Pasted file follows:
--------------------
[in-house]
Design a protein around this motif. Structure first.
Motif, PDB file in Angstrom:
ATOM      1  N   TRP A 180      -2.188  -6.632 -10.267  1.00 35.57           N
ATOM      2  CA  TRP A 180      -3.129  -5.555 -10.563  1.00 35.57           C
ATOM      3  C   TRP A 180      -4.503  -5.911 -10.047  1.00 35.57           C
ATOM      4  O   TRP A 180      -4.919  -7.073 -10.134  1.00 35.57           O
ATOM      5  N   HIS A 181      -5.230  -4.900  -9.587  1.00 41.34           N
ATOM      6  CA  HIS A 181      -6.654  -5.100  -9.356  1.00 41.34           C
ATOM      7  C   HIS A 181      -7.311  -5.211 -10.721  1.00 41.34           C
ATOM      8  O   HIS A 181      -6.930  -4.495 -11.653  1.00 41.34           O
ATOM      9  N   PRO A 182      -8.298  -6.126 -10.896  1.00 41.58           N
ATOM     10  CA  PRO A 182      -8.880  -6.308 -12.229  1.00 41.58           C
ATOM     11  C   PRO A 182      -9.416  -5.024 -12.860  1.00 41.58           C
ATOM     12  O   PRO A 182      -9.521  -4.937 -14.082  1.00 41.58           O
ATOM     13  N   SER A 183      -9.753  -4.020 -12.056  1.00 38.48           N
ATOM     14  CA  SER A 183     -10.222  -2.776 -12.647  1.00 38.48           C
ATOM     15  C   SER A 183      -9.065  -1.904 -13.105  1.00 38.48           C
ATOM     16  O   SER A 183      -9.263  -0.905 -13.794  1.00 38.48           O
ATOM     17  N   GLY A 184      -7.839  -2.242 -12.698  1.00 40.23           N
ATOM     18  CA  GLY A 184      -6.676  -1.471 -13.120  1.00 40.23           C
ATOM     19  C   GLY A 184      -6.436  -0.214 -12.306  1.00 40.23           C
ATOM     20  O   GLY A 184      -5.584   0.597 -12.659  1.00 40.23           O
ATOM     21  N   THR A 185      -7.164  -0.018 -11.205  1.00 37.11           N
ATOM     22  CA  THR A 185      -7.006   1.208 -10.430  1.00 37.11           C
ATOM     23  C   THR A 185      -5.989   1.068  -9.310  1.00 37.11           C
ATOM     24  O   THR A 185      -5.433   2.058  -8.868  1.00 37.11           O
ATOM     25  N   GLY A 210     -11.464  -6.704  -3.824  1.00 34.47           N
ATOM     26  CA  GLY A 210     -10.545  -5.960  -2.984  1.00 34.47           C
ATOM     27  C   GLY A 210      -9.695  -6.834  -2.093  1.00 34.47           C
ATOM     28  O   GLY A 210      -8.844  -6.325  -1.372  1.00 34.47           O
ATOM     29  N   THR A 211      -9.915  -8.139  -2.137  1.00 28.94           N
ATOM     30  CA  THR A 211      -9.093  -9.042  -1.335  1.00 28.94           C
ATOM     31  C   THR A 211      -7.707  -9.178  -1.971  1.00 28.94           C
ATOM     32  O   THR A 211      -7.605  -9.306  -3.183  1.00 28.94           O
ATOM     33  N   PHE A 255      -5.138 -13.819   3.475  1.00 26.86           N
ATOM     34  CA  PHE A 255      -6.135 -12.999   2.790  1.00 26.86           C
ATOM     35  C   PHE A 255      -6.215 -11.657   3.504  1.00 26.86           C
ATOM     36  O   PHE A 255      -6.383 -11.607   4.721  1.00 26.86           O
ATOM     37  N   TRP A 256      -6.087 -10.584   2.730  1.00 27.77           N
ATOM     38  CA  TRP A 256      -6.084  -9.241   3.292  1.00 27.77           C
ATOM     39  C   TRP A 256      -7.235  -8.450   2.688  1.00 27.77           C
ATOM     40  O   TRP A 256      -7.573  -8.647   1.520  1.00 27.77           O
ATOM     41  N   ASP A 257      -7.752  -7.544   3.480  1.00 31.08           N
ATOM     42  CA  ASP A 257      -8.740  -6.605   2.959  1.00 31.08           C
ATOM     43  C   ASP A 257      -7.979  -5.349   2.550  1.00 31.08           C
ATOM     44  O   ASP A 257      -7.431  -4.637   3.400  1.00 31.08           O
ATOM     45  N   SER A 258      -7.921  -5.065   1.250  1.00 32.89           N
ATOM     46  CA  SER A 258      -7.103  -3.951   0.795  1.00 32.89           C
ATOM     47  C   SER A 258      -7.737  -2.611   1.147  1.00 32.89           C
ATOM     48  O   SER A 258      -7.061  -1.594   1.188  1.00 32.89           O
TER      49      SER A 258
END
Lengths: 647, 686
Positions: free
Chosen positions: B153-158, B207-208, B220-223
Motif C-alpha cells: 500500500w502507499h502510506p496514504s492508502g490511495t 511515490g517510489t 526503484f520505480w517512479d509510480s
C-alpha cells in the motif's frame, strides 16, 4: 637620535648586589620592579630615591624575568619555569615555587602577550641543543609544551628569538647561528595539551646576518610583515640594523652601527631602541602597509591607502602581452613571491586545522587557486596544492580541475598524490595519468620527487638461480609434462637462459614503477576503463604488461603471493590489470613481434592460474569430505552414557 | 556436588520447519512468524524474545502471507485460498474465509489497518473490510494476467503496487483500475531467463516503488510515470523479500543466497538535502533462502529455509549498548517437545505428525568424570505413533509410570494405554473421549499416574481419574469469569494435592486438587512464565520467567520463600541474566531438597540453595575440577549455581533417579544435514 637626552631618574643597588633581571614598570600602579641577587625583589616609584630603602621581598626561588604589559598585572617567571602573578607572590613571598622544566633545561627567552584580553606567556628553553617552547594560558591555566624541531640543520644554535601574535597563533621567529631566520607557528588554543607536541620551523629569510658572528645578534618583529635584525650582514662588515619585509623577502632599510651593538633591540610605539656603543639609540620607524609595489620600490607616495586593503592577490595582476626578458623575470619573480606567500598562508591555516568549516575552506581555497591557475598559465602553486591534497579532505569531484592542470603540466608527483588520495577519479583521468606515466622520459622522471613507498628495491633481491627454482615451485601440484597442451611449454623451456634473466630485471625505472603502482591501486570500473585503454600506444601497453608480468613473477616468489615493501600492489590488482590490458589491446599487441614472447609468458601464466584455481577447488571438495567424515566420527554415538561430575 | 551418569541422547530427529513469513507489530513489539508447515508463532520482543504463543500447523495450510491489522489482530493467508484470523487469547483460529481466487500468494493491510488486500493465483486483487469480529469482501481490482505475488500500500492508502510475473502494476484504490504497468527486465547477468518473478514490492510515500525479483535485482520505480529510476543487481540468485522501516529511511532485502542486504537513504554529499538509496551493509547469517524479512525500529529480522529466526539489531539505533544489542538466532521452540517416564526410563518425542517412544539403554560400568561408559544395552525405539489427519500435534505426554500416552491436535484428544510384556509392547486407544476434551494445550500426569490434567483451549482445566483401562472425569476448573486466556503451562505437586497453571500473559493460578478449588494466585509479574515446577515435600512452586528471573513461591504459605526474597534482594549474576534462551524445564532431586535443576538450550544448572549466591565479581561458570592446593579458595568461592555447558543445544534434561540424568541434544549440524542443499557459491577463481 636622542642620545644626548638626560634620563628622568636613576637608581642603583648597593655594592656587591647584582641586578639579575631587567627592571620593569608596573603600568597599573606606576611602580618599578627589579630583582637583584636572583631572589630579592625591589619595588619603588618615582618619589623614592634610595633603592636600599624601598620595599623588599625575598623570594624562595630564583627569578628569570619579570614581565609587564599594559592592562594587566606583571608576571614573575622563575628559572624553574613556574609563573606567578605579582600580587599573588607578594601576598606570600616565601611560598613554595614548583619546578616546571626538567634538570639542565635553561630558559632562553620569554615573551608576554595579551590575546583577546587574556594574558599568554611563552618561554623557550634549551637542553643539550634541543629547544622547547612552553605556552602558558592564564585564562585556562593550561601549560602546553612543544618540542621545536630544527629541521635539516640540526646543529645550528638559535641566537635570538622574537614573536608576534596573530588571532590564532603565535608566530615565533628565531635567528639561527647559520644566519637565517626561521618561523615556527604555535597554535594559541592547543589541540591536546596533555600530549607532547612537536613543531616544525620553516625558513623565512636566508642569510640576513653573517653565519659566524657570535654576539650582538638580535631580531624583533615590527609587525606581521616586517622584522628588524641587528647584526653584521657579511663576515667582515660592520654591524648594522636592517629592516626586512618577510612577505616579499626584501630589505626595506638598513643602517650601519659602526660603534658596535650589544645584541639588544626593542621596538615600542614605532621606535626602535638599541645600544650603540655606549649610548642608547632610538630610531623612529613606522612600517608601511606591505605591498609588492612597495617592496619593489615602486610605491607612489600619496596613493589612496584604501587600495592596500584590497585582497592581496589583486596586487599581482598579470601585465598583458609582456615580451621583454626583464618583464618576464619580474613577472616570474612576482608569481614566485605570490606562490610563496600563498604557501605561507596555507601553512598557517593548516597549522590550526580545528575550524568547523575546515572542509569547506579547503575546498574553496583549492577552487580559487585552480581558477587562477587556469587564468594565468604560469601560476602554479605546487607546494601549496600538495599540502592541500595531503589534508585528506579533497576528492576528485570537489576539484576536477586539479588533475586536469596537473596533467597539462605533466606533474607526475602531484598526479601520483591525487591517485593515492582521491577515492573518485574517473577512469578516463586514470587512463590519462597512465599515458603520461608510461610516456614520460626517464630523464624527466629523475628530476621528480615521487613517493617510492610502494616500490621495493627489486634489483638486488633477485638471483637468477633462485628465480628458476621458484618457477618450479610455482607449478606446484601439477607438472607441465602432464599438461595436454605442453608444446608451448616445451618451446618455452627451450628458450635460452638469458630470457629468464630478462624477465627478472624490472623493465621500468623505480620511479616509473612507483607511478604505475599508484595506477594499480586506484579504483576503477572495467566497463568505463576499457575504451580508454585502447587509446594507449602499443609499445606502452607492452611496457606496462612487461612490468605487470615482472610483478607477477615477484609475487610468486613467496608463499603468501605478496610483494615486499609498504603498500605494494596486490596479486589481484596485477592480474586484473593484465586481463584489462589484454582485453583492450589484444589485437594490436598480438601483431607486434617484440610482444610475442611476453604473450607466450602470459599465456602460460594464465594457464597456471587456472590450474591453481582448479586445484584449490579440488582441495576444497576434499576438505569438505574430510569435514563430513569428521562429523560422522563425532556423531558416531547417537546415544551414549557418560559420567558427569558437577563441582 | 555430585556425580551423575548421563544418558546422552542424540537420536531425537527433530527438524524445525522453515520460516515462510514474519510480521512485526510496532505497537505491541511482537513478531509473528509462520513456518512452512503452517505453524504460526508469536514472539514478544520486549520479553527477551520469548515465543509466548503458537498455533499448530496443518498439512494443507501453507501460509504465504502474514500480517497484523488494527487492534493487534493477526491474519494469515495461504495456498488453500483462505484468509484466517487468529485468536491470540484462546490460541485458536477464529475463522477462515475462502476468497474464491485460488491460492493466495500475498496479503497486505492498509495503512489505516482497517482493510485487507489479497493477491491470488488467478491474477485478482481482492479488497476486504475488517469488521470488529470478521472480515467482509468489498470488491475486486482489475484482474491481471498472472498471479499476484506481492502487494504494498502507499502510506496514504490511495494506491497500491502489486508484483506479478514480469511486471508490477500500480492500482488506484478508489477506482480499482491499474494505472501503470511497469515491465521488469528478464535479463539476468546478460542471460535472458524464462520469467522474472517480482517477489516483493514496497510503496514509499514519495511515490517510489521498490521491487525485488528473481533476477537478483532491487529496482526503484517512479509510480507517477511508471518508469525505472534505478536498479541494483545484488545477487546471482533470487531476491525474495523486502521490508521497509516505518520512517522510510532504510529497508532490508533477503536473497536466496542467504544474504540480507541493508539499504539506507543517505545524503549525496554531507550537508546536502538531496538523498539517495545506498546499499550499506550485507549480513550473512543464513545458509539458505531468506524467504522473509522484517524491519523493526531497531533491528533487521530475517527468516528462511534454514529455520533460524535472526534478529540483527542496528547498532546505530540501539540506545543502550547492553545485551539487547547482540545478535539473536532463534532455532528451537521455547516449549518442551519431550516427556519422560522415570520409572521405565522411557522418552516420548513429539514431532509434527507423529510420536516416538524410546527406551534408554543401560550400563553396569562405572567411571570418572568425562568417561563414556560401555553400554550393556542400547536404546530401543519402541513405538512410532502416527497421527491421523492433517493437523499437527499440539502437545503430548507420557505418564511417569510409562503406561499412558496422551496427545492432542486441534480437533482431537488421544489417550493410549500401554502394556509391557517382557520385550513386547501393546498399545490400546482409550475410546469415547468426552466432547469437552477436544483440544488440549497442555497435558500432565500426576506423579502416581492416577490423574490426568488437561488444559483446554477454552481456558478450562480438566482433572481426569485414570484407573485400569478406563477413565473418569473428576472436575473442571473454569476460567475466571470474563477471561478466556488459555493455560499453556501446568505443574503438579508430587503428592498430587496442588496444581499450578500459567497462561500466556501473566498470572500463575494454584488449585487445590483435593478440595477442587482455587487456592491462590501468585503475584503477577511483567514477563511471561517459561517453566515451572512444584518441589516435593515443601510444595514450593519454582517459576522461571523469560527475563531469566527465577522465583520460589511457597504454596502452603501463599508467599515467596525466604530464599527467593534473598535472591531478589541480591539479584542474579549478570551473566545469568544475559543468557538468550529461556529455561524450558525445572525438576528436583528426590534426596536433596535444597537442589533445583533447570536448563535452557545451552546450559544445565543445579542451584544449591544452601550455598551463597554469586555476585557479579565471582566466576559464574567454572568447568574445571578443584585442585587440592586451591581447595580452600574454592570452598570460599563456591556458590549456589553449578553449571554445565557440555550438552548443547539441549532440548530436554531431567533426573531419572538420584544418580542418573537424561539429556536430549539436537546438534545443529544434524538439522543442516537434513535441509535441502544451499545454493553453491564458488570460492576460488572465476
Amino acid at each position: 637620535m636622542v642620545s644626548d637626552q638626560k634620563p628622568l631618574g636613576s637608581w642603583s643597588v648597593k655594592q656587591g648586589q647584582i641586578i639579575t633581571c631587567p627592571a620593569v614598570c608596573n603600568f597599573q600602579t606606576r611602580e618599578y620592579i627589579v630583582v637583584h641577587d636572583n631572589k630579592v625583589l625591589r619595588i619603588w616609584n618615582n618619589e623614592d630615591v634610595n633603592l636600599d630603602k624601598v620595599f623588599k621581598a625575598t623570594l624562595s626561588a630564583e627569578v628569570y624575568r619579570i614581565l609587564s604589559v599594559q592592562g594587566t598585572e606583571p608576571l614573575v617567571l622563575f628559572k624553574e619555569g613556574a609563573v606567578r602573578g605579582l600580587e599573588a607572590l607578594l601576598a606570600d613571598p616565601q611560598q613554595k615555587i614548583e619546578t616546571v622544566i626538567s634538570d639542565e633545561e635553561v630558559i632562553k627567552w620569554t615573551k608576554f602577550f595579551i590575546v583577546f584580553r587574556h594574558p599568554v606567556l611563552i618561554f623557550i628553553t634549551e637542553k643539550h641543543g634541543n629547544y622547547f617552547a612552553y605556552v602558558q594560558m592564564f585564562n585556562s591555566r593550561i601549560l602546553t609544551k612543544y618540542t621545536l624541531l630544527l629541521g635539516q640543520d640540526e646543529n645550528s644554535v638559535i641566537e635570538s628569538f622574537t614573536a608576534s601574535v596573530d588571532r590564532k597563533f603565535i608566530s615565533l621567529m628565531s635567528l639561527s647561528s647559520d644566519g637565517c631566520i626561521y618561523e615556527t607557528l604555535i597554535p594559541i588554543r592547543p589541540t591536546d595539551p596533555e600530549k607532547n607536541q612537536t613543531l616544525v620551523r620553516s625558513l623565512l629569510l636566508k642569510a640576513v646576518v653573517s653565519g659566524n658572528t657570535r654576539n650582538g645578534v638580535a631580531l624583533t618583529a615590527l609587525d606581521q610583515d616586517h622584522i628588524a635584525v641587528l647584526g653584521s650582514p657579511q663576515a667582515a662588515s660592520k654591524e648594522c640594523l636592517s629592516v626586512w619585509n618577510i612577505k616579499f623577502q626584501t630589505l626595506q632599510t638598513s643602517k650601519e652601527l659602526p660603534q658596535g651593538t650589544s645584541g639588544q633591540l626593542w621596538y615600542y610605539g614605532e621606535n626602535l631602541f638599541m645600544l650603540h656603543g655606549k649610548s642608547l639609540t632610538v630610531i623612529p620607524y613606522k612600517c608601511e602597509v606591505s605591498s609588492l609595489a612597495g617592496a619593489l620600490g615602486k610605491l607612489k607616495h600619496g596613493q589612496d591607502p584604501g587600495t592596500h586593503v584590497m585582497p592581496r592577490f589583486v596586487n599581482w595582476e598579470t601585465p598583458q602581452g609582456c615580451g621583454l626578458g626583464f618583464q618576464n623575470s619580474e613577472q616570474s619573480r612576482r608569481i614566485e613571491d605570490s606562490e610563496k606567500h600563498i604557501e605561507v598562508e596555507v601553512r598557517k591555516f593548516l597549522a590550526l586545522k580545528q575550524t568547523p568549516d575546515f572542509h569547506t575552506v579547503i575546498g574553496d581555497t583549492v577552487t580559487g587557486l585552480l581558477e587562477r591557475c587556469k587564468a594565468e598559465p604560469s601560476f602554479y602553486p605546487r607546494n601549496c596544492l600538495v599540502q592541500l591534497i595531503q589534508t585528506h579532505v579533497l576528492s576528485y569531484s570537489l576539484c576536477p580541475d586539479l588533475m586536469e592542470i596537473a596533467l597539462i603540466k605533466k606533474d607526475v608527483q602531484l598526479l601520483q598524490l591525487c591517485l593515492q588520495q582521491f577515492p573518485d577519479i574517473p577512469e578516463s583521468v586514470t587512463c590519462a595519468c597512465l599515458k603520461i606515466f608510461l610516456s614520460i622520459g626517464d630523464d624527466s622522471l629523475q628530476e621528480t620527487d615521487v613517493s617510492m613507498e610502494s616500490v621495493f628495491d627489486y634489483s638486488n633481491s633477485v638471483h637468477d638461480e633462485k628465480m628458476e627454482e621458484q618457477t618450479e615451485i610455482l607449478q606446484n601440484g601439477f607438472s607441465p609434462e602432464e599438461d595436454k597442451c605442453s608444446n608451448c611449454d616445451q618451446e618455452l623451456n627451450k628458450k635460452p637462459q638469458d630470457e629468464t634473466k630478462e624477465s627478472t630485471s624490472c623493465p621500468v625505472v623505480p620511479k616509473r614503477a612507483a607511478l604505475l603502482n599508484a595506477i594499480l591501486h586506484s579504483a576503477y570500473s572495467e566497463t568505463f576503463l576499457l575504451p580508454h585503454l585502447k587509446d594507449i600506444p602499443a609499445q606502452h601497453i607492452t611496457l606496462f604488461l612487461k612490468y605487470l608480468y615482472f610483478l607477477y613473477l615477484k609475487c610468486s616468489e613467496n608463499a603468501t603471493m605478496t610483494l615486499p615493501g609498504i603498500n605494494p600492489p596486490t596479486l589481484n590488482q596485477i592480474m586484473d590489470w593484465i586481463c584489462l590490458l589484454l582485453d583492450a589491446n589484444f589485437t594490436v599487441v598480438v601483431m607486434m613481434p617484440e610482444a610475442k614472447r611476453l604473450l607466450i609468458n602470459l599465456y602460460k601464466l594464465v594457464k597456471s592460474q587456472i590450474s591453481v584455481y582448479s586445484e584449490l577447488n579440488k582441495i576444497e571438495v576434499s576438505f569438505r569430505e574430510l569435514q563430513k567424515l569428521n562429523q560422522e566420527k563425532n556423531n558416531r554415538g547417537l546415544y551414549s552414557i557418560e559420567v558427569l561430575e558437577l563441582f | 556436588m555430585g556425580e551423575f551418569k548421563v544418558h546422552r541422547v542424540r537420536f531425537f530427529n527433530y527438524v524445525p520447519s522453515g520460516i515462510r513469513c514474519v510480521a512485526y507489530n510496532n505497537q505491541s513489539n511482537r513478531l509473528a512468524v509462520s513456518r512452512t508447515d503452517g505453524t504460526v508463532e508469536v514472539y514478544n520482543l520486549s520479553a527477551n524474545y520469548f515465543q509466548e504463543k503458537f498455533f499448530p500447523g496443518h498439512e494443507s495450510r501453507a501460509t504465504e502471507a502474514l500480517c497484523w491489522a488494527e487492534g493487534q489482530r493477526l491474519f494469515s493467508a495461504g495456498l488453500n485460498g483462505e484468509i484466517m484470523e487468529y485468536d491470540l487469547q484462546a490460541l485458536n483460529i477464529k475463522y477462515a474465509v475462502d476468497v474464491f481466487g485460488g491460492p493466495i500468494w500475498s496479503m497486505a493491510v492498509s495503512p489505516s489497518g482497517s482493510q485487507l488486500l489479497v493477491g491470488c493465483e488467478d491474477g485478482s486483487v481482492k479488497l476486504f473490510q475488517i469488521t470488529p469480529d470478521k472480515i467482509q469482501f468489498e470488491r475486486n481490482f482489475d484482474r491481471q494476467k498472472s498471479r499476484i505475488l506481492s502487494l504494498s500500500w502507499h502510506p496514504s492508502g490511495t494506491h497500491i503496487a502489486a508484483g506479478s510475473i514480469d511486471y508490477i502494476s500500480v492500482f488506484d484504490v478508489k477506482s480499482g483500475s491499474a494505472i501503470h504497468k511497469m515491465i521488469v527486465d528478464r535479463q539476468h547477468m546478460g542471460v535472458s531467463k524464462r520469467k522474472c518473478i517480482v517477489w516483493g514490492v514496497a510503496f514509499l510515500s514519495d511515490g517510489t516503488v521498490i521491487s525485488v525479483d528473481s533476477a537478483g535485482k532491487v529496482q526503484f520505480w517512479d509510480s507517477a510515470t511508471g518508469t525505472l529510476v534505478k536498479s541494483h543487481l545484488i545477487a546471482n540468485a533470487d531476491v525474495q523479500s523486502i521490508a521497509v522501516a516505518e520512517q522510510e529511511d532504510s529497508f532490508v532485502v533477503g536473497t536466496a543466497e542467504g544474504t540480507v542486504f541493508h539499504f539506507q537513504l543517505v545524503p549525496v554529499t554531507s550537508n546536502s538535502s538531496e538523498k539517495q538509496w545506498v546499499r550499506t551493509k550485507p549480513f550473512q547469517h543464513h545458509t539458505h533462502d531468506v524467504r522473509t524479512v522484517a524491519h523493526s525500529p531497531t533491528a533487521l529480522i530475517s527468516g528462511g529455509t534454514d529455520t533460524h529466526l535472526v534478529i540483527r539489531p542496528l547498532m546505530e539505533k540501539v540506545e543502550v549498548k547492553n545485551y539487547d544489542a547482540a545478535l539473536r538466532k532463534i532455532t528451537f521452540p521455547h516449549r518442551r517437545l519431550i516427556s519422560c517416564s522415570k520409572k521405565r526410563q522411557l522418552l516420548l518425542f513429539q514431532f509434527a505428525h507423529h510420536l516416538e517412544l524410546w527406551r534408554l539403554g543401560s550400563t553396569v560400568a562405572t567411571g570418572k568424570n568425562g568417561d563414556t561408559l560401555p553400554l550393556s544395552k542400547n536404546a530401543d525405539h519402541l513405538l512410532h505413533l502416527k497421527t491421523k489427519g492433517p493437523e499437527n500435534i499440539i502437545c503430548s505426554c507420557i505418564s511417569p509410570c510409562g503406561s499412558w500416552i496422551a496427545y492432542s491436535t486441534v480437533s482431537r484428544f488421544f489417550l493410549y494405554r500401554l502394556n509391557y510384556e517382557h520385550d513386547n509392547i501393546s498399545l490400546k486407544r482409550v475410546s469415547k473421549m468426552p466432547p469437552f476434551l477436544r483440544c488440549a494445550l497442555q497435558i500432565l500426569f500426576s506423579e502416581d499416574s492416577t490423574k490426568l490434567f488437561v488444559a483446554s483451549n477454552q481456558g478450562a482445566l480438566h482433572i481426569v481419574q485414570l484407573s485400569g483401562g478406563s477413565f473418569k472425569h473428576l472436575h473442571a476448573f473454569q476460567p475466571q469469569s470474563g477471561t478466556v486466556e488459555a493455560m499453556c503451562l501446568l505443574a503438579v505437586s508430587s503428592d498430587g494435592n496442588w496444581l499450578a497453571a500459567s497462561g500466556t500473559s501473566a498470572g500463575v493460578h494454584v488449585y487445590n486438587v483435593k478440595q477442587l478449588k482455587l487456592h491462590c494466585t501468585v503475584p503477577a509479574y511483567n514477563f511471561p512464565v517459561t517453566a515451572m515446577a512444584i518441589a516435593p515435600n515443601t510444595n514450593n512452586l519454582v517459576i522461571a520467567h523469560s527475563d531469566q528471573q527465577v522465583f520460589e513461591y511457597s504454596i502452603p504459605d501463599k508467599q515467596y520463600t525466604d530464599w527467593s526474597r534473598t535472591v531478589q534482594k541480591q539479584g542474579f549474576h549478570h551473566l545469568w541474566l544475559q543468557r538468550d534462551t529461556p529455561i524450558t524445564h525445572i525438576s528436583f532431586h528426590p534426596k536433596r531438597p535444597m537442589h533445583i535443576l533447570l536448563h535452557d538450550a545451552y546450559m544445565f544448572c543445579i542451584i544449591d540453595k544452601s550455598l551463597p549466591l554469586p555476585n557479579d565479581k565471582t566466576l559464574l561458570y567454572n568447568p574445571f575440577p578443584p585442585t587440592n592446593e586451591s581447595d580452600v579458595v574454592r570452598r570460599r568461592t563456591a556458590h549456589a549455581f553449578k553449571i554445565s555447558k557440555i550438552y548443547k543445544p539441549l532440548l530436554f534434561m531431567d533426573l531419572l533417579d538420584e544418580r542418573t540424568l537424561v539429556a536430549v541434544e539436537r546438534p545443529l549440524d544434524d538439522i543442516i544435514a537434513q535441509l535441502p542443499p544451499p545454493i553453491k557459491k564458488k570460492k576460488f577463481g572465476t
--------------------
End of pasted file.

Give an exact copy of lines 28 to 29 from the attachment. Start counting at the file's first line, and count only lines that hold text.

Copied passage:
ATOM     25  N   GLY A 210     -11.464  -6.704  -3.824  1.00 34.47           N
ATOM     26  CA  GLY A 210     -10.545  -5.960  -2.984  1.00 34.47           C